Education And An Income For Women In North Darfur
Share
Published on 14 February 2013

Umtoma and classmates attending a literacy class. [Copyright: WFP/Amor Almagro]

Umtoma Ahmad Mohammed is a Sudanese mother of five who married young and spent much of her life caring for her children. Umtoma has not spent a day in primary school. Now, she and her 15-year-old daughter are learning how to read and write. The two women are also learning how to make fuel-efficient stoves and fuel fire briquettes as well as gardening.

Shagra, NORTH DARFUR – Umtoma’s day starts at the crack of dawn. The 40-year-old mother gets up to pray, prepare breakfast for her family and get her younger daughters ready for school as her husband and two sons leave for the farm. 

When the morning chores are over, Umtoma and her daughter Nahla head off to the Shagra Women Centre where they attend women’s literacy classes five times a week.

“I want to learn how to read and write so I can read the Qur’an (Islam’s Holy Book) and help my girls with their homework,” she says.

Like thousands of women in Sudan, Umtoma never attended school.  A 2010 World Bank report puts female adult literacy rate in Sudan at almost 61 percent, and Darfur has the lowest literacy rate in the country. 

In addition to attending literacy classes, Umtoma and Nahla take part in vocational training activities the centre provides with WFP support. For a monthly food ration, the two women learn how to make fuel-efficient stoves and fuel fire briquettes as well as plant trees and tend to them at the centre’s nursery. The food ration serves as an incentive for families to let their women members participate in the training.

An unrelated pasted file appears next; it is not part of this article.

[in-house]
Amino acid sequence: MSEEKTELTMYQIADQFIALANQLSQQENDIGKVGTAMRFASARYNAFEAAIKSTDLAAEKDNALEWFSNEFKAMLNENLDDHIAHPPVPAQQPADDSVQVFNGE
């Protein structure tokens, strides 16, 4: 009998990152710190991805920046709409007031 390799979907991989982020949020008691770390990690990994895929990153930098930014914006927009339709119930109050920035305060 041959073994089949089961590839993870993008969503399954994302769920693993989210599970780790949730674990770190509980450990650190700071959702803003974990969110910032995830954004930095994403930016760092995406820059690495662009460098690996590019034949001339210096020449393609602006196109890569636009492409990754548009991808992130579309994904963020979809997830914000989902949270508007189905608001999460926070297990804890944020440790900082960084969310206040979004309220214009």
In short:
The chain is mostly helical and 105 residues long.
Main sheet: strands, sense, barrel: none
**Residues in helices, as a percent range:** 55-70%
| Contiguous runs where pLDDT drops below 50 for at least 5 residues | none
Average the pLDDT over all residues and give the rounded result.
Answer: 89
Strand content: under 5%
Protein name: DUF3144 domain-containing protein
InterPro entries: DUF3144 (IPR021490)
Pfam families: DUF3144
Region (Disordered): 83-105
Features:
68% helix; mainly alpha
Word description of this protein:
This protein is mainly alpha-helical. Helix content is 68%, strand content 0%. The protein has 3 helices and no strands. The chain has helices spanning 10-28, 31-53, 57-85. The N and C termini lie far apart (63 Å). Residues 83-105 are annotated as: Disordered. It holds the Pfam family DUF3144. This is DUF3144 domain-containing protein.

“Everything happens here,” explained Nadia Ibrahim Mohammed, the Head of Shagra Women’s Association that runs the centre. “The fuel-efficient stoves help them save the money they would otherwise spend on buying firewood and they can also sell them in the local market for 5 Sudanese pounds each, giving them a small income that they can use to meet their families’ needs.” The Shagra Women’s Association has 400 women members from Shagra and neighbouring communities. 

The women have also planted hundreds of gum arabic trees across the vast land surrounding the centre.  The trees, now five feet tall, will produce in a few years gum arabic, one of Sudan’s biggest exports.  

In addition to the Shagra Training Centre, WFP has also established 32 other Safe Access to Firewood and Alternative Energy (SAFE) centres in North Darfur that have trained some 200,000 women on making and maintaining fuel-efficient stoves and making the briquettes.  

In 2013, through food-for-assets programme, WFP plans to set up an additional 45 SAFE centres to support over 100,000 households across North Darfur.

WFP Offices
About the author

Amor Almagro

Public Information Officer in Sudan

Amor Almagro is from the Philipp